US domestic prices for LDPE averaged 75-78 cents/lb; grades of HDPE averaged 61-65 cents/lb; and LLDPE averaged 64-69 cents/lb, as assessed by ICIS. European prices as of mid-November averaged €1,360-1,380 FD (free delivered) EU for LDPE; €1,140-1,180 FD EU for HDPE; and €1,240-1,260 FD EU for LLDPE. In Asia, LDPE averaged at $1,650-1,700/tonne; $1,300-1,360/tonne for HDPE; and $1,410-1,480/tonne for LLDPE.
In Europe, PE prices were stable to firm in November. LDPE remained the strongest grade, followed by HDPE, and then LLDPE, although some sources are beginning to see an upturn in LLDPE demand.
LDPE continued to be tight in Europe because of outages - both planned and unplanned (thanks to French strikes) - and good demand. Inventories were low with both buyers and suppliers but buying sources were quick to point out that there were no shortages of product.
Demand in Europe was good but many large buyers were still not discussing November because their pricing was done on a retroactive basis and would not be fully settled until toward the end of the month.
SELLERS TAKE INITIATIVE
Sellers were eager to push their supply advantage, however, and some were even talking of more increases in December, when they expected a hike in the monthly ethylene monomer contract price.
Meanwhile, the US's quantitative easing policy - the Federal Reserve's move to print $600bn in new money and use it to buy government bonds to further stimulate the economy - resulted in a jump in commodity and oil prices, which, in turn, pushed up naphtha prices to a two-year high, traders said. Asian LDPE prices rose by $70-80/tonne in mid-November, trading at $1,650-1,700/tonne CFR, but later trended down. Prices were boosted by rising crude oil and naphtha prices, reflected also in a surge in LLDPE futures prices.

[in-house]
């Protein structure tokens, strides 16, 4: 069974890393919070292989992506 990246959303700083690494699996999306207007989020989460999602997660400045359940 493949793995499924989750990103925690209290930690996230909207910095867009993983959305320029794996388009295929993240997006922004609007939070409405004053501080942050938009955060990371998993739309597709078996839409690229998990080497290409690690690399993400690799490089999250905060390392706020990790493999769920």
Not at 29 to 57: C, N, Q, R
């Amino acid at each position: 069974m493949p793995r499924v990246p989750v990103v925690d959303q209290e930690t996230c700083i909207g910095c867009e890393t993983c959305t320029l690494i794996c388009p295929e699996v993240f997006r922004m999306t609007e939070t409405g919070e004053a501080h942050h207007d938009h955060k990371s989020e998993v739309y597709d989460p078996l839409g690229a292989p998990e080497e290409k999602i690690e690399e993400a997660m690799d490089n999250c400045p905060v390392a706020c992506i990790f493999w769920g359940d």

But when talking about contract ethylene rather than spot, things may be a little different. "This year is a good example of PE price increases outpacing ethylene price changes," said Moore-Jones. For the year through October, North American ethylene contract prices have lost 0.25 cents/lb, while PE resin prices are understood to have gained 9 cents/lb during the same period.
Based on Townsend's buyer survey, through October, HDPE extrusion resin prices were up by 0.8 cents/lb for the year, HDPE molding resin prices were up by 3.5 cents/lb, LDPE resin prices were up by 2.6 cents/lb and LLDPE resin prices were up by 4.4 cents/lb. "These gains would imply that PE resin price increases were far exceeding that of ethylene," said Moore-Jones. "Remember that ethylene prices have shrunk by 0.25 cents/lb during this same time period."